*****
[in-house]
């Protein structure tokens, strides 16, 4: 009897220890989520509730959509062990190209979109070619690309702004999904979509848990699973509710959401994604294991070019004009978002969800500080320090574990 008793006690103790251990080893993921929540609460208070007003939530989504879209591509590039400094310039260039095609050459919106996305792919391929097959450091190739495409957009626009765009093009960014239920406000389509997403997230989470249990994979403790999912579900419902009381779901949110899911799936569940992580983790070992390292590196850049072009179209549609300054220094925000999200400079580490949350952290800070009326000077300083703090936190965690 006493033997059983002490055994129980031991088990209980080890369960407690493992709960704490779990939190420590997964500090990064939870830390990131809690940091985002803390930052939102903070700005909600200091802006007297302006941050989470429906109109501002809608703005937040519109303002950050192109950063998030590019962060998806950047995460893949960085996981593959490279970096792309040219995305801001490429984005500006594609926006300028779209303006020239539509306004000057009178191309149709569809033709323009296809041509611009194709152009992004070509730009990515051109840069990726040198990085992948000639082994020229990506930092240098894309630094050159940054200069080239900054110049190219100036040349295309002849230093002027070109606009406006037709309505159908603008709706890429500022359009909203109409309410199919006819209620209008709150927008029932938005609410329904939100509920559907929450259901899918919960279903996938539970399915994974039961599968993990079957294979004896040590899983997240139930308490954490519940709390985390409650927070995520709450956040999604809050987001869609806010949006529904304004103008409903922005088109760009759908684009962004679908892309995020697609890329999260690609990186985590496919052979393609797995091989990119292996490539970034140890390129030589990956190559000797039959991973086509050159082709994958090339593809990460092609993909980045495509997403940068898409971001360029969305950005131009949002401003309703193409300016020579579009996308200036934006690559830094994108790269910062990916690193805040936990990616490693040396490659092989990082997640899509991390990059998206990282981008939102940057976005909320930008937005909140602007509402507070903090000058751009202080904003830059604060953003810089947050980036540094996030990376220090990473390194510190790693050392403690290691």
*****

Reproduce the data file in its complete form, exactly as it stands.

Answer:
[in-house]
């Protein structure tokens, strides 16, 4: 009897220890989520509730959509062990190209979109070619690309702004999904979509848990699973509710959401994604294991070019004009978002969800500080320090574990 008793006690103790251990080893993921929540609460208070007003939530989504879209591509590039400094310039260039095609050459919106996305792919391929097959450091190739495409957009626009765009093009960014239920406000389509997403997230989470249990994979403790999912579900419902009381779901949110899911799936569940992580983790070992390292590196850049072009179209549609300054220094925000999200400079580490949350952290800070009326000077300083703090936190965690 006493033997059983002490055994129980031991088990209980080890369960407690493992709960704490779990939190420590997964500090990064939870830390990131809690940091985002803390930052939102903070700005909600200091802006007297302006941050989470429906109109501002809608703005937040519109303002950050192109950063998030590019962060998806950047995460893949960085996981593959490279970096792309040219995305801001490429984005500006594609926006300028779209303006020239539509306004000057009178191309149709569809033709323009296809041509611009194709152009992004070509730009990515051109840069990726040198990085992948000639082994020229990506930092240098894309630094050159940054200069080239900054110049190219100036040349295309002849230093002027070109606009406006037709309505159908603008709706890429500022359009909203109409309410199919006819209620209008709150927008029932938005609410329904939100509920559907929450259901899918919960279903996938539970399915994974039961599968993990079957294979004896040590899983997240139930308490954490519940709390985390409650927070995520709450956040999604809050987001869609806010949006529904304004103008409903922005088109760009759908684009962004679908892309995020697609890329999260690609990186985590496919052979393609797995091989990119292996490539970034140890390129030589990956190559000797039959991973086509050159082709994958090339593809990460092609993909980045495509997403940068898409971001360029969305950005131009949002401003309703193409300016020579579009996308200036934006690559830094994108790269910062990916690193805040936990990616490693040396490659092989990082997640899509991390990059998206990282981008939102940057976005909320930008937005909140602007509402507070903090000058751009202080904003830059604060953003810089947050980036540094996030990376220090990473390194510190790693050392403690290691």